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You Need High Ego to Go High

Yes, you heard it! You need high ego to go high. I know you are uncomfortable with this sentence but you know it is true. The reason you are uncomfortable with this is because ego is misunderstood.

We all have egos and the more we have the more ambitious we are, and ambitious people go far. So what is ego?

Ego is the Latin word for "I."

In everyday usage, the ego represents a sense of self-importance (think: "He has such a big ego!) Having a healthy ego means we can maintain a healthy sense of self, but an imbalance can lead to problems, including excessive self-centeredness."

The ego is the person's sense of self-esteem and self-worth and without a massive those of it, it is very unlikely they will be claiming high prestige roles.

People with a healthy amount or a well-balanced ego contribute greatly to humanity just look at Sir David Attenborough, scientists, nurses, blue-collar workers, teachers, or social workers. It is not that they are not ambitious but their ambition is about progress in knowledge, expertise or bettering other people's lives. They think less about themselves than those with higher or unbalanced egos. It is not that they don't have self-worth but more that they don't think that they are worth more than others. They tend to do things for others rather than for themselves. They are the servant leaders when they get to leadership positions in corporations. They are the ones who think for others which doesn't always benefit them greatly.

They are the ones who want to do things properly and not just for the headline. They are the ones who like to make an impact with their work not so much focus on the money or the role. They are the ones making sure that decisions are ethical and that one group is not more favoured than the others. Here I am not talking about the woke, narcissist, social justice warriors!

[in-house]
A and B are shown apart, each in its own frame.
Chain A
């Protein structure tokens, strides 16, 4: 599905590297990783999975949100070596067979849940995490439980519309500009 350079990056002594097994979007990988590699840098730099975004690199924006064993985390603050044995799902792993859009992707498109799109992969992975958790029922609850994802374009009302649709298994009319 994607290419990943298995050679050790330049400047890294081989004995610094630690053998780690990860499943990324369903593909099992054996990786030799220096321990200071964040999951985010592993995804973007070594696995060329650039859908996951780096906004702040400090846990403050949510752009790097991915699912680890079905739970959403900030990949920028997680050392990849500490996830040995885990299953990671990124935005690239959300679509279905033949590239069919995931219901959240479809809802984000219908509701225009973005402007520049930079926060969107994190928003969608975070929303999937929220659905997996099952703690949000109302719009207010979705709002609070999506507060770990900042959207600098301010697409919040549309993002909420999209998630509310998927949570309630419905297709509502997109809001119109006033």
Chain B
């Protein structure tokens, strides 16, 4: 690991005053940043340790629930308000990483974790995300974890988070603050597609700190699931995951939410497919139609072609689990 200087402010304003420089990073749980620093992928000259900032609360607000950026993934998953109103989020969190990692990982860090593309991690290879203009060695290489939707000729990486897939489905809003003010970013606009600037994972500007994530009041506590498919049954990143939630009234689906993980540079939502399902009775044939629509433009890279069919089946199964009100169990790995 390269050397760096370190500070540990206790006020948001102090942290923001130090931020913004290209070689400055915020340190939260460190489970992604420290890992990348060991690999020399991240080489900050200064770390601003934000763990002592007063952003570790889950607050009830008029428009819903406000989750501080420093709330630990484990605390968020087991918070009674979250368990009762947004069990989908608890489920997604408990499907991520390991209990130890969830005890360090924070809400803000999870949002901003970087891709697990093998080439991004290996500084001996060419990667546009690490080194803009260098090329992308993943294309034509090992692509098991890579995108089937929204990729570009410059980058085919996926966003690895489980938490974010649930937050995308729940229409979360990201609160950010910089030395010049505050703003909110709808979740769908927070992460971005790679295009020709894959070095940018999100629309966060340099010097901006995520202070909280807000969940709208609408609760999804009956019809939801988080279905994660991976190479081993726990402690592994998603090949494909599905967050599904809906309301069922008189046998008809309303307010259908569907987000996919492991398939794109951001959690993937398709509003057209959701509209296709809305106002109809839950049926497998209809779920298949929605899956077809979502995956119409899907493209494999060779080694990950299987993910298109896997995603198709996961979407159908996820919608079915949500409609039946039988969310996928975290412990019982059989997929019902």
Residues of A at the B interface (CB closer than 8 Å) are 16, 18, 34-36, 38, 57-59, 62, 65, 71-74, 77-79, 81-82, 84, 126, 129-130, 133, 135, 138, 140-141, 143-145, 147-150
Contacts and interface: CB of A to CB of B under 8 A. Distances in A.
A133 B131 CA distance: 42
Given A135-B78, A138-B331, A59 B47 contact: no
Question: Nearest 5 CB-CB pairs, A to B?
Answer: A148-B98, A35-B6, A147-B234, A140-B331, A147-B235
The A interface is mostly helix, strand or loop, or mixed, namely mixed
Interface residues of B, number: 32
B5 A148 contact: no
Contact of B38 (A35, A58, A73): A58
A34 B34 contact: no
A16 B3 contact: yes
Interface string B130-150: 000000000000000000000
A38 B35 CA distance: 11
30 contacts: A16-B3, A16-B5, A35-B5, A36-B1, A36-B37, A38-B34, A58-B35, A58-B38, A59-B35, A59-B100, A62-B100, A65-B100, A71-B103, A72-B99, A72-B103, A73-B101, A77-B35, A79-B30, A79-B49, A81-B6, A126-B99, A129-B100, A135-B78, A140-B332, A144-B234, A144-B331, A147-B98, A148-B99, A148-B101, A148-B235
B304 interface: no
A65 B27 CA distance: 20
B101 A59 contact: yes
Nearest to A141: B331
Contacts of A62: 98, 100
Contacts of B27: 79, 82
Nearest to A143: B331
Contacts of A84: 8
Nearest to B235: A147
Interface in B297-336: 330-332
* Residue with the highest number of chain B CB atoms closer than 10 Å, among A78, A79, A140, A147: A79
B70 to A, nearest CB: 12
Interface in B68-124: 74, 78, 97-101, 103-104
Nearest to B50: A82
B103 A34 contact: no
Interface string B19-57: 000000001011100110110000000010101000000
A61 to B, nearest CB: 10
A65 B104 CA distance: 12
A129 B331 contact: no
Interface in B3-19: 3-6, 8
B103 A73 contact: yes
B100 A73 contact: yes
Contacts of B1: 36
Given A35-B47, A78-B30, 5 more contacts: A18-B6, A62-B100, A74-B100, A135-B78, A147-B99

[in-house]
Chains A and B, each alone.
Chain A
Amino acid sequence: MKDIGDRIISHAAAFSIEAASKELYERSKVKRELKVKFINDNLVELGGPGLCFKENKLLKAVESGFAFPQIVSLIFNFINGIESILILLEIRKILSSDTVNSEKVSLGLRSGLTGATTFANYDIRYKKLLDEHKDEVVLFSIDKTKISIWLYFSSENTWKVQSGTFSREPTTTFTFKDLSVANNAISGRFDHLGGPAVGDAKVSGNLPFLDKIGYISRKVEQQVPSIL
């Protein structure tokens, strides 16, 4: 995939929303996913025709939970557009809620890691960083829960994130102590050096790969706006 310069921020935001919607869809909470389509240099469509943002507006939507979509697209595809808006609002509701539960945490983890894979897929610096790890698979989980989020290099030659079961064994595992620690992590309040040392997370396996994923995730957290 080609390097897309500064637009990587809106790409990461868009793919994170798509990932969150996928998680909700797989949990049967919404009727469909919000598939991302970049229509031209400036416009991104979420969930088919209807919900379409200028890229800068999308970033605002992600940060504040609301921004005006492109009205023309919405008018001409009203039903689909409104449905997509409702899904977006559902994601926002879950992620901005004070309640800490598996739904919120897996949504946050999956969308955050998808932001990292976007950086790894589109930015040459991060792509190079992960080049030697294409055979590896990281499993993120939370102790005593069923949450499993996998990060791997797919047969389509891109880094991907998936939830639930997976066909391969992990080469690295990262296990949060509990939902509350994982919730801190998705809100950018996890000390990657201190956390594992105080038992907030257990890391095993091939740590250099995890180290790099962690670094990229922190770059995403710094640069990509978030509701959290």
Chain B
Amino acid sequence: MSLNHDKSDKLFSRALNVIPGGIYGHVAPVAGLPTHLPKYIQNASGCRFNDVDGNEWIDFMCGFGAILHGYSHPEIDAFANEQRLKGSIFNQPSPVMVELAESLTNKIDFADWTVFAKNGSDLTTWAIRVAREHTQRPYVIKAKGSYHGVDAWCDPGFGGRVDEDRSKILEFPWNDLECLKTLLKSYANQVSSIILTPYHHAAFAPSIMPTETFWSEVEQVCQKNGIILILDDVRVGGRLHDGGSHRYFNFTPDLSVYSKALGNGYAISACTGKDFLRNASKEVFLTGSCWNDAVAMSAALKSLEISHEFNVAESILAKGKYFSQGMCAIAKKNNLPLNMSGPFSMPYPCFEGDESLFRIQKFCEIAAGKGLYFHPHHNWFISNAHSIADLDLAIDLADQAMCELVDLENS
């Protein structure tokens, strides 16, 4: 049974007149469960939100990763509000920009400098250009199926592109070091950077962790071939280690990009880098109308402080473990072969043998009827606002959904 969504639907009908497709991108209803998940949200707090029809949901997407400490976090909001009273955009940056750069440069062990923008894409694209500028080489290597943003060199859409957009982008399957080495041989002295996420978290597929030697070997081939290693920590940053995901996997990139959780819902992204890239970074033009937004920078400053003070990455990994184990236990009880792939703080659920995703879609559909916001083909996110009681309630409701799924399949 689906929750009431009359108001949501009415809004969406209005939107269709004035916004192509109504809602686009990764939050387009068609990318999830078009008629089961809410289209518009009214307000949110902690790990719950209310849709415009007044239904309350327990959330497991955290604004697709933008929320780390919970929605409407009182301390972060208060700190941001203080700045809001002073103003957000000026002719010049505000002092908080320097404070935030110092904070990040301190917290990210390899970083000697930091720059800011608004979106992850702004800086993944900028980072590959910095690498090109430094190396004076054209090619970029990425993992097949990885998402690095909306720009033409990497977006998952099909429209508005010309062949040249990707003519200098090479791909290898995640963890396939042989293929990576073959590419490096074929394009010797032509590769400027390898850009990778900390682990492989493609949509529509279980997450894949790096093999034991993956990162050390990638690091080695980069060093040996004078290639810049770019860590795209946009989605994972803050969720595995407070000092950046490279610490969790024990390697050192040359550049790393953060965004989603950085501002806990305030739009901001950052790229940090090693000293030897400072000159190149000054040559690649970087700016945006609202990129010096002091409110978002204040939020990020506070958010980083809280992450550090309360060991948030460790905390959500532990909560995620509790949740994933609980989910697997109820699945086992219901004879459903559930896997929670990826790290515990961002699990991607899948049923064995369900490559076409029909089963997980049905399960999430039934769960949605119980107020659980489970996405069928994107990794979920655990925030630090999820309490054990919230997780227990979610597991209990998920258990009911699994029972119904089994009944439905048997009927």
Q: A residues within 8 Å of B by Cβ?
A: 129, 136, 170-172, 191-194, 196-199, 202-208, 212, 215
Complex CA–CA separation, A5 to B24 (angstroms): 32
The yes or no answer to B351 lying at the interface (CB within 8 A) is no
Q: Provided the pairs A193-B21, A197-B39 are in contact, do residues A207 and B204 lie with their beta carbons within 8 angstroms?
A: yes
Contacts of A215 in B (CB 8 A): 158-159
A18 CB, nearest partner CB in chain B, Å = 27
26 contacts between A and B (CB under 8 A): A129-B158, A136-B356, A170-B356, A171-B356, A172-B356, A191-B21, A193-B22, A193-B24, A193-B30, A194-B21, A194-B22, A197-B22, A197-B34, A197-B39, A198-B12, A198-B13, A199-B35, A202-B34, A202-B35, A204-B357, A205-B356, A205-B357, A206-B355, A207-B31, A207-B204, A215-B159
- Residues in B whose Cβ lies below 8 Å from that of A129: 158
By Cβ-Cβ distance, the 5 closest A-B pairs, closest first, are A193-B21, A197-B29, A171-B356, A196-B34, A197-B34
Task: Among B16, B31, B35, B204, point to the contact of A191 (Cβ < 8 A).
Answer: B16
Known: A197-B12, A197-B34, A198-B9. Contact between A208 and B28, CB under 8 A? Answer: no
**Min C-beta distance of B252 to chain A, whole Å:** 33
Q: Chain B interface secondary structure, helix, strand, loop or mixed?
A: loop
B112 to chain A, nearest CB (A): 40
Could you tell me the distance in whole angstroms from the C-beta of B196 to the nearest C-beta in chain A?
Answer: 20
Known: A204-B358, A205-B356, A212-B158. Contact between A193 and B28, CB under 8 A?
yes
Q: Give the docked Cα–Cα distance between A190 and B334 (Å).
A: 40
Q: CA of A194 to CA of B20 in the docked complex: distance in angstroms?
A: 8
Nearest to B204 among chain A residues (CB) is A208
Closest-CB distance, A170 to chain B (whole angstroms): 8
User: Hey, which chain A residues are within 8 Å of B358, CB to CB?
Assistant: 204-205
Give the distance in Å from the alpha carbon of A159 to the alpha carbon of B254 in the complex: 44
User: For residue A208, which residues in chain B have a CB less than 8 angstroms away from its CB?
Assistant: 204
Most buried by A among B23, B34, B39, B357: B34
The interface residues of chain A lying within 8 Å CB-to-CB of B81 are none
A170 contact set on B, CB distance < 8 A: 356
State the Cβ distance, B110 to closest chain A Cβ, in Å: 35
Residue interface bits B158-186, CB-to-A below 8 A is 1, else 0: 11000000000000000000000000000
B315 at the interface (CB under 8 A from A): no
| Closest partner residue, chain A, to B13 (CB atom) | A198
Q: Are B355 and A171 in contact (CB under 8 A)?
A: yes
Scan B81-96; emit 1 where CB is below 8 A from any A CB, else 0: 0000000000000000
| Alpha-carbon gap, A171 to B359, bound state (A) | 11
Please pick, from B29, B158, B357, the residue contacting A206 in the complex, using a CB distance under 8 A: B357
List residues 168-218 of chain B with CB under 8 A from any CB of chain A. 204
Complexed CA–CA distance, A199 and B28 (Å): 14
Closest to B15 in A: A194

Then you have those for whom ambition is about career or bank account growth, flashy cars, a cover photo in a magazine, a direct connection to the CEO or renting a villa in one of the affluent communities. For them, life is all about them or rather me, me, me, me.

Most (not all), want to have fame, money, or THE role. They believe that they deserve it because they are better than others. A big chunk of this group needs that for validation because their ego is not a healthy one. They don't have high self-esteem or worth and they think it will come from external sources so they go and get them. Their id, ego, and superego are in constant battle and nobody is winning.

Now there is nothing wrong with proving to yourself that you can get that job or make that money. We need that for self-esteem, but what happens after getting it matters.

What people do with their money, fame, or achievement is what shows whether their ego is unhealthy or healthy. And this is what we need to check when it comes to leaders because statistically speaking the vast majority of leaders will have high ego and narcissistic behaviour (they correlate). Expecting it otherwise is unrealistic for the reasons above.

So what do we do in leadership development when we have this statistic? Have we told leaders that? Have we probed into this? Have we put things in place that monitor and control such behaviour when we know it is present? Have we linked the prevalence of poor leadership, disengaged workforce to high ego and narcissism?

No we haven't done any of it. We rolled out servant leadership programs to those who are there to serve themselves.

Well, that's not going to work is it?

PS: I have seen professionals with healthy ego reaching high roles and breaking. Why? Because it is very ugly up there with all the egos.......

If you want to address your leaders let us know.

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